Less Finger-Pointing, More Collaboration
There are many who share culpability in the tragic and heart-breaking case of Arthur Labinjo-Hughes. It’s our grief-driven instinct that immediately wants to fight for justice for this mistreated youngster. We can rightly blame the murderer and the immediate man-slaughtering bystander, who watched his son endure months of neglect and abuse; Arthur being the recipient of psychopathic behaviour that is inconceivable, unimaginable. Our responses manifest themselves physically and emotionally.
We can blame the workload of social workers and school staff. We can scream that this is yet another appalling side-effect of the pandemic with its obliteration of normal social contact. We can complain, quite rightly, that successive governments have underfunded the local authority services, the police, the judicial services, the health provision, education – dismantling the collaborative network of teamwork across sectors.
And we’d be correct in apportioning blame to all these factors.
(As we write, we’re listening to Sir Michael Wilshaw – former head of Ofsted – on Radio 4, who’s rightly condemning this lack of coordination without recognising his own role in downplaying the vital importance of wellbeing work in schools and other educational settings. Attainment, attainment, attainment was his perpetual mantra.)
Michael Gove, Dominic Cummings and those who played their part in the dismantling of the fundamental right to a “broad and balanced” curriculum should be hanging their heads in shame at their education legacy that silences children and disables teachers and support staff from having the time, energy and resources to work beyond the constraints of the narrowed curriculum focus to the needs of the child.
Wellbeing in schools has always been undermined. It’s always been the side-lined to the seeming premiership of academic attainment. Those of us who’ve constantly insisted that there’s a fundamental necessity to provide equal time and management to the physical, social, and emotional education of the child have been ridiculed for our idealism and lack of “ambition” for those in our care.
The best schools are not and have never been about academic attainment alone. We see the families, the children and their needs. We understand that a broad and balanced curriculum enables creativity, liberty, voice – all of the things that were taken from young Arthur.
I need food. Nobody loves me.
Arthur felt that. Basic needs, according to Maslow. And our system for so-called caring about our children doesn’t even cover the basic necessities for life, for living.
Let’s turn to the Every Child Matters (ECM) agenda, brought into Children’s Services in 2003 after the tragic “never-to-be-repeated” death of Victoria Climbie – shortly followed by the death of Peter Connelly in 2007 and Daniel Pelka five years after that. Let’s also pause for thought for the thousands of abused and neglected children who remain anonymous yet have endured physical, emotional distress for years.
The ECM agenda was supposed to protect and nurture them whilst simultaneously supporting a more holistic approach to child development, and education.
Be healthy, stay safe, enjoy and achieve, make a positive contribution, be economically well.
We’ve written about this before and remain distressed by the lack of focus on wellbeing and safety. You can read our comments here.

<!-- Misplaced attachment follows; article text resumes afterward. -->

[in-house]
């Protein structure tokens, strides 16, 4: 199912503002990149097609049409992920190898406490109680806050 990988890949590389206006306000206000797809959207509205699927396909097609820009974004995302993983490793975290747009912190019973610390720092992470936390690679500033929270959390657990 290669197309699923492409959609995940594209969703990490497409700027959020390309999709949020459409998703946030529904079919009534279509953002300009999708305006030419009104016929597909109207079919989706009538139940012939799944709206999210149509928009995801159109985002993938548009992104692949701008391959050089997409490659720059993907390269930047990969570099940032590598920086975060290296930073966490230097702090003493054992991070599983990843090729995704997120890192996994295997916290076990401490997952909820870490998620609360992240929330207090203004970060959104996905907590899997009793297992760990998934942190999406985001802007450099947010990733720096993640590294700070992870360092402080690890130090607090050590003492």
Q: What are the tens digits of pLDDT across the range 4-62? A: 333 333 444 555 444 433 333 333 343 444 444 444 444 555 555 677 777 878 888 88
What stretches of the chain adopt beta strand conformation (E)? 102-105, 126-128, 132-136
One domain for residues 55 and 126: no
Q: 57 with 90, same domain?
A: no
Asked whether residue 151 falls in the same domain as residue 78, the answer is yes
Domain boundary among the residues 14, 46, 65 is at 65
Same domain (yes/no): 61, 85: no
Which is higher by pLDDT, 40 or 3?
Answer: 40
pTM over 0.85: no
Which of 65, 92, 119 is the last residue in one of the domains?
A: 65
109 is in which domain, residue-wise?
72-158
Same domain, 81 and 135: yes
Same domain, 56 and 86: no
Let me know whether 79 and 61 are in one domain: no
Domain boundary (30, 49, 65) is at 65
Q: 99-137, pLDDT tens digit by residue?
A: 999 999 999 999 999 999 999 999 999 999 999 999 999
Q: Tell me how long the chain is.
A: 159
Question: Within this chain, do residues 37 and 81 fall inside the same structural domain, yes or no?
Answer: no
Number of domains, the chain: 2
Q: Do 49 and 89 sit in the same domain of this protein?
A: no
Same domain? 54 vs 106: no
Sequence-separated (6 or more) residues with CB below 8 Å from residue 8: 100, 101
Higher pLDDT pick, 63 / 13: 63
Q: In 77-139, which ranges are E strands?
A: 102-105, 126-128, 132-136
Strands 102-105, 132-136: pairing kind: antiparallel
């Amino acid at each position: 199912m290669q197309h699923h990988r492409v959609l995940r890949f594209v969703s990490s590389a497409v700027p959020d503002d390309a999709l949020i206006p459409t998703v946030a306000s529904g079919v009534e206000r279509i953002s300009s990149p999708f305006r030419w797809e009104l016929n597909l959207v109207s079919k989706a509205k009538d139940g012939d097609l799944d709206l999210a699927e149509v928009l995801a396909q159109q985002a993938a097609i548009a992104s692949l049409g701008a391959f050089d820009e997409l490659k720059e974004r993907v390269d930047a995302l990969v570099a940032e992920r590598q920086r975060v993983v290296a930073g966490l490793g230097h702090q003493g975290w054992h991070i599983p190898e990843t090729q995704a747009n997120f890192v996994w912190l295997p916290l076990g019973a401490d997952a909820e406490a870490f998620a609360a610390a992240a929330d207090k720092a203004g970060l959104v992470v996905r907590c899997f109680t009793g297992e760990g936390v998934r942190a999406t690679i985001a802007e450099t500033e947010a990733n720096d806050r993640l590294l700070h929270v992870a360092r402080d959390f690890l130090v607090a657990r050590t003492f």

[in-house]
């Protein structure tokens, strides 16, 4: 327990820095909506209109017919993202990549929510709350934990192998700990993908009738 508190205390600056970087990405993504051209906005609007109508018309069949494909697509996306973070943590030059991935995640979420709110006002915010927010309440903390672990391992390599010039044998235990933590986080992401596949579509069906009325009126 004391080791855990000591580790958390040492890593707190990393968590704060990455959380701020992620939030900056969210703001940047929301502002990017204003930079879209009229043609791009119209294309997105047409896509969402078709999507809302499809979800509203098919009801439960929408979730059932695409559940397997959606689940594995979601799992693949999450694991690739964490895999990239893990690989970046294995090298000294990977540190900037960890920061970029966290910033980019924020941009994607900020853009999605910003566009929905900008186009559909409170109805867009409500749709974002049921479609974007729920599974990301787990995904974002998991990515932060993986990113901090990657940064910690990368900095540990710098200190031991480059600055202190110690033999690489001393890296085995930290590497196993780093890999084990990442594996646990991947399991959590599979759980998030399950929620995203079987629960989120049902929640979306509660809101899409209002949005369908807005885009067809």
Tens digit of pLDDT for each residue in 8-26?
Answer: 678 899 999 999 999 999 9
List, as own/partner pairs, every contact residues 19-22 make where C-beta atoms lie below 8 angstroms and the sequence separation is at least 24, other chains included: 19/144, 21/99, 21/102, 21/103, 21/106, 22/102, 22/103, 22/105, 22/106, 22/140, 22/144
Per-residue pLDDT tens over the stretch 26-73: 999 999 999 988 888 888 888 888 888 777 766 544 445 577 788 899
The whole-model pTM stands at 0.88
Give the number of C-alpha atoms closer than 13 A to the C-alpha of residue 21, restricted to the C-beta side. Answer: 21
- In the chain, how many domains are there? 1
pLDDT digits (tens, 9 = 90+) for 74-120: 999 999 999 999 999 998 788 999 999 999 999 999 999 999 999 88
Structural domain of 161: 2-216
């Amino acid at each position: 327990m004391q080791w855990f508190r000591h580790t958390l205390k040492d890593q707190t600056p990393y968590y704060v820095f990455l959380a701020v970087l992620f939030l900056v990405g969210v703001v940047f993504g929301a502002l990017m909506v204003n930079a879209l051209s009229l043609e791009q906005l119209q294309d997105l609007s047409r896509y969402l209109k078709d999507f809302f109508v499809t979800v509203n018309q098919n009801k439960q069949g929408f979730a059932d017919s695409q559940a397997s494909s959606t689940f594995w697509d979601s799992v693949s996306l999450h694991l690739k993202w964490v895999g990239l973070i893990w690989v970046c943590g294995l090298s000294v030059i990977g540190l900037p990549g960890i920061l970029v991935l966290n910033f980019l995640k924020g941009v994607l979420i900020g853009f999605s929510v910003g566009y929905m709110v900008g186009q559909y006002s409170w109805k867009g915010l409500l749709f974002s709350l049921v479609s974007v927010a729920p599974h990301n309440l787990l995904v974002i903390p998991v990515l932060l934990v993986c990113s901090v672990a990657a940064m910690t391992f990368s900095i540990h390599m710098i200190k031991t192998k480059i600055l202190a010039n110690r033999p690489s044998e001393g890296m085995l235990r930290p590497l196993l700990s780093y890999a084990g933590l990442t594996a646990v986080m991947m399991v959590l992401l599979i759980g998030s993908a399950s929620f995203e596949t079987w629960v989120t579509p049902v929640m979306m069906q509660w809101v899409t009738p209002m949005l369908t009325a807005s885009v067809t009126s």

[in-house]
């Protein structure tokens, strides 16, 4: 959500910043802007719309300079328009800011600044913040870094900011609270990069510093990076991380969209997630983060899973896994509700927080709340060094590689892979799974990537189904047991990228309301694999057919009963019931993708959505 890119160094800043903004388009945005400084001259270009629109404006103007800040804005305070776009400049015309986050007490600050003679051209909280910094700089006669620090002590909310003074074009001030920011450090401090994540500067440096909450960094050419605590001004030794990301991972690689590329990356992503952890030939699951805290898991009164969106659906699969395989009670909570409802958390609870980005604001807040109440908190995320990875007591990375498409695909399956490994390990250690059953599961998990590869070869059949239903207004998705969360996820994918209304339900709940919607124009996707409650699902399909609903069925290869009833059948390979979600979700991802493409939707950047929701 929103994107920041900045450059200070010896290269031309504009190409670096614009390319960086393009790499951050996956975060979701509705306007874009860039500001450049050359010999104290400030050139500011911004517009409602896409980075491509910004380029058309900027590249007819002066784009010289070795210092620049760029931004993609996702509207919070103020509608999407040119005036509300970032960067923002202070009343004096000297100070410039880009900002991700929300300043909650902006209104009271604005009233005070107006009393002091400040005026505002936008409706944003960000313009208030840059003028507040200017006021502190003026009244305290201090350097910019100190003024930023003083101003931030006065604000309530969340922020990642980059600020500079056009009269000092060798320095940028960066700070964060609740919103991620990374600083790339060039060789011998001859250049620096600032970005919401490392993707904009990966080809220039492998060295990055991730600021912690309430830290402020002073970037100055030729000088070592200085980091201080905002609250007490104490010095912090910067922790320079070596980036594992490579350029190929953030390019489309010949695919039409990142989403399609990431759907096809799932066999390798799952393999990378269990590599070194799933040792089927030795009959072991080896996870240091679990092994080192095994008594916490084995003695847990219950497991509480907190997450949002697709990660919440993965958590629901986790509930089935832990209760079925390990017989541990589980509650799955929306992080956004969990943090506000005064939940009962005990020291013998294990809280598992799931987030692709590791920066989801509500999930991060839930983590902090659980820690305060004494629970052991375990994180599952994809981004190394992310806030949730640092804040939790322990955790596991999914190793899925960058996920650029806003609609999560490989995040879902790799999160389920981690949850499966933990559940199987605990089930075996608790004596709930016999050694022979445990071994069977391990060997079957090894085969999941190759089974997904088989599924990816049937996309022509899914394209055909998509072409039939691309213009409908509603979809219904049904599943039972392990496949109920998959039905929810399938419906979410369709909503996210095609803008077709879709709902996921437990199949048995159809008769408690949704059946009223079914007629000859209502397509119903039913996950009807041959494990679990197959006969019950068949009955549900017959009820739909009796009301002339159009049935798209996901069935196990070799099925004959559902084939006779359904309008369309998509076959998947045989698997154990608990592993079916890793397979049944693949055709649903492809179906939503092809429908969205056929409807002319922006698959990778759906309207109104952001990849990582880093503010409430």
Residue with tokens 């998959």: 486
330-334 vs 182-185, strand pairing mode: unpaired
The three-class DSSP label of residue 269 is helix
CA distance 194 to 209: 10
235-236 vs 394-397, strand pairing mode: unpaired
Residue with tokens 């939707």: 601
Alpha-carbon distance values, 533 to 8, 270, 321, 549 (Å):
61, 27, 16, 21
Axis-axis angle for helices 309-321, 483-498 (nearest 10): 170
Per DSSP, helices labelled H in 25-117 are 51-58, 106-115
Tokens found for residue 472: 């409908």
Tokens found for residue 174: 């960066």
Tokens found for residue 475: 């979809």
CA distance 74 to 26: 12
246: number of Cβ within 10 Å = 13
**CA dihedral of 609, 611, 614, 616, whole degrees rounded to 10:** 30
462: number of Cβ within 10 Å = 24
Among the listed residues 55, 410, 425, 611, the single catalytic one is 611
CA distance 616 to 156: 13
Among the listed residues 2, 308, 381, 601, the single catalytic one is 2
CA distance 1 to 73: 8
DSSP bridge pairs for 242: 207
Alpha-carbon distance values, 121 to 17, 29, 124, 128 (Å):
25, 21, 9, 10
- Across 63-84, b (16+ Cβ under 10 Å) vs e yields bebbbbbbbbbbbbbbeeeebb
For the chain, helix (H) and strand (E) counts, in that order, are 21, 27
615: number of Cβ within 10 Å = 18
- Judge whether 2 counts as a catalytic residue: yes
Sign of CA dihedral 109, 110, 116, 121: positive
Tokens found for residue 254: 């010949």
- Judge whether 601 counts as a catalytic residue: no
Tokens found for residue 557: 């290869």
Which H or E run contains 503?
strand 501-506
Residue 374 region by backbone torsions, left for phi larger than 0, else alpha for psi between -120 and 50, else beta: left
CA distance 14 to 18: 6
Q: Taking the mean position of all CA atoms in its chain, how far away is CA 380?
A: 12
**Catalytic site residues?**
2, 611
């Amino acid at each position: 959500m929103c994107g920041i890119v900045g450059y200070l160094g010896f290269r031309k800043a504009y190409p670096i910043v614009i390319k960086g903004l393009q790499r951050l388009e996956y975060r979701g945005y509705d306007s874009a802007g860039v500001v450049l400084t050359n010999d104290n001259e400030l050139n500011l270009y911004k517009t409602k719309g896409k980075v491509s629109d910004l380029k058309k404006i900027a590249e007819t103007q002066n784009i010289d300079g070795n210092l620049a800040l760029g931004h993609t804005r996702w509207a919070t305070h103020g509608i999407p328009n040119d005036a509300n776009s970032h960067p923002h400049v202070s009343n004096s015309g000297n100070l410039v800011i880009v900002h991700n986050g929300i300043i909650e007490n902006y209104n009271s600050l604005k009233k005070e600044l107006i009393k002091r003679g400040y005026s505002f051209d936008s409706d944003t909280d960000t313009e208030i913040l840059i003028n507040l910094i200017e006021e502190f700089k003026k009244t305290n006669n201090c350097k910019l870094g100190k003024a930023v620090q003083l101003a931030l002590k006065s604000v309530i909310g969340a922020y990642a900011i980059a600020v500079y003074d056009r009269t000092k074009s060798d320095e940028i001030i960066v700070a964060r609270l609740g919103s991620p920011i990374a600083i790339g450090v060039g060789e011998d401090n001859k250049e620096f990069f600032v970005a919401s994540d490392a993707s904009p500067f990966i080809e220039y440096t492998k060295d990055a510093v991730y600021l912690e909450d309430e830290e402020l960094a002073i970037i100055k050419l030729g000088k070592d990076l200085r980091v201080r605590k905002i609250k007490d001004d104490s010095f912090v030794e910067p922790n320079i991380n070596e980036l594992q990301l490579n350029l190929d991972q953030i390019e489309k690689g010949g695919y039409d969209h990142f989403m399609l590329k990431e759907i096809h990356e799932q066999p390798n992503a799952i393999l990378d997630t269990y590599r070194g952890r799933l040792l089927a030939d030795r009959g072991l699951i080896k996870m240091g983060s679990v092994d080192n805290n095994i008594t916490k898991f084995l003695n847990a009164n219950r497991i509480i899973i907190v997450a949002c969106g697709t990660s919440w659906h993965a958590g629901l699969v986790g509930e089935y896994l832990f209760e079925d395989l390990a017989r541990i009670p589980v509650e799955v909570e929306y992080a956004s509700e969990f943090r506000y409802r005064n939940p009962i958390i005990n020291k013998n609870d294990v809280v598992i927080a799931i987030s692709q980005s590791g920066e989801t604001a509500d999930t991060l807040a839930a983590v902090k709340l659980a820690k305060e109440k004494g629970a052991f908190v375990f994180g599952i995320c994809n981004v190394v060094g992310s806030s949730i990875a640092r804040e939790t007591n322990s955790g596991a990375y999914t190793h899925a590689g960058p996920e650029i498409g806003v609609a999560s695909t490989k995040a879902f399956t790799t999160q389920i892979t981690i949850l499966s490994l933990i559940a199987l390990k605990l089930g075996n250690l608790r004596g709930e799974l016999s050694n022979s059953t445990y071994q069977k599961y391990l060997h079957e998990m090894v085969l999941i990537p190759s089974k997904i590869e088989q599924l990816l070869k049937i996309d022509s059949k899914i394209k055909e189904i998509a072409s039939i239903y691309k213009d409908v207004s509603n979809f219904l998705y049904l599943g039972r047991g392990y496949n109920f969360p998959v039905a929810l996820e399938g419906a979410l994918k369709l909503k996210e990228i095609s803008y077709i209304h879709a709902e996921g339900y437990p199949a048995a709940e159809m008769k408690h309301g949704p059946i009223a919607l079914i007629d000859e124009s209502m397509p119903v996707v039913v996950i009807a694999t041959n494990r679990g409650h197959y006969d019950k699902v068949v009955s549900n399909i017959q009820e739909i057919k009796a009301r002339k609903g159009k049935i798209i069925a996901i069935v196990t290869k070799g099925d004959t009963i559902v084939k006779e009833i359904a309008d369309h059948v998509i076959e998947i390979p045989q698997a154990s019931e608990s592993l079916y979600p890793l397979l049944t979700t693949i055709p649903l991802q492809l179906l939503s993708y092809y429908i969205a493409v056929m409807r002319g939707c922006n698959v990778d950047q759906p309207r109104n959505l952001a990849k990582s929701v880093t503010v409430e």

For now though, we need to reconsider the whole set-up and reintegration of the ECM agenda and the role of Children’s Service – as a way forward, not more finger-pointing.
Here’s a prediction. Any inquiry will recommend joined-up thinking. But this has to be on every level.
Children’s Services must truly open themselves up to the sometimes-conflicting agendas and properly account for their support to children. Funding streams should start with the fundamental question “What do we want to be the outcome for our children?” NOT “What will we have to do to get this source of income?”. Collaboration between services doesn’t mean people can sit in meetings and spend 45 minutes of an hour talking about educational attainment and 15 minutes talking about health, wellbeing and safeguarding.
Collaboration at a school level needs to immediately look at the curriculum as well as the coordination of services to the individual child.
And we need to collaborate in order to enable children and young people.
I need food. Nobody loves me.
Arthur had no voice, other than the time he was stuck in a room effectively talking to himself.
We need to encourage children to talk. We need to give them the skills and experience to be able to talk about their feelings, to listen to their peers, to be able to approach an adult to say that they’re frightened and in danger.
We need children to be able to talk in class, to collaborate, to share ideas and experiences. We need them to talk as they are walking around the school corridors – to be able to tell their stories, express their opinions because this is life, this is living. This is what we do. Why do we persist with this oppressive strategy of silencing children?
Yes, criticise, yes consider the reintroduction of the Every Child Matters agenda, Sure-Starts, joined-up working between education, health and social care. Yes, consider the emotional wellbeing focus (and duty) in schools to be given the parity with academic achievement it deserves. Do all of these things but do them properly. Focus on the child. Look up, not down at the paperwork, the targets, the proxy indicators.
But most importantly, demonstrate effective collaboration by involving young people; engaging with them, enabling them to have a voice and to use it.
For further reading from our archive.
PSHE, Wellbeing and Neglect – the case of Daniel Pelka: https://3diassociates.wordpress.com/2013/08/02/pshe-wellbeing-abuse-and-neglect/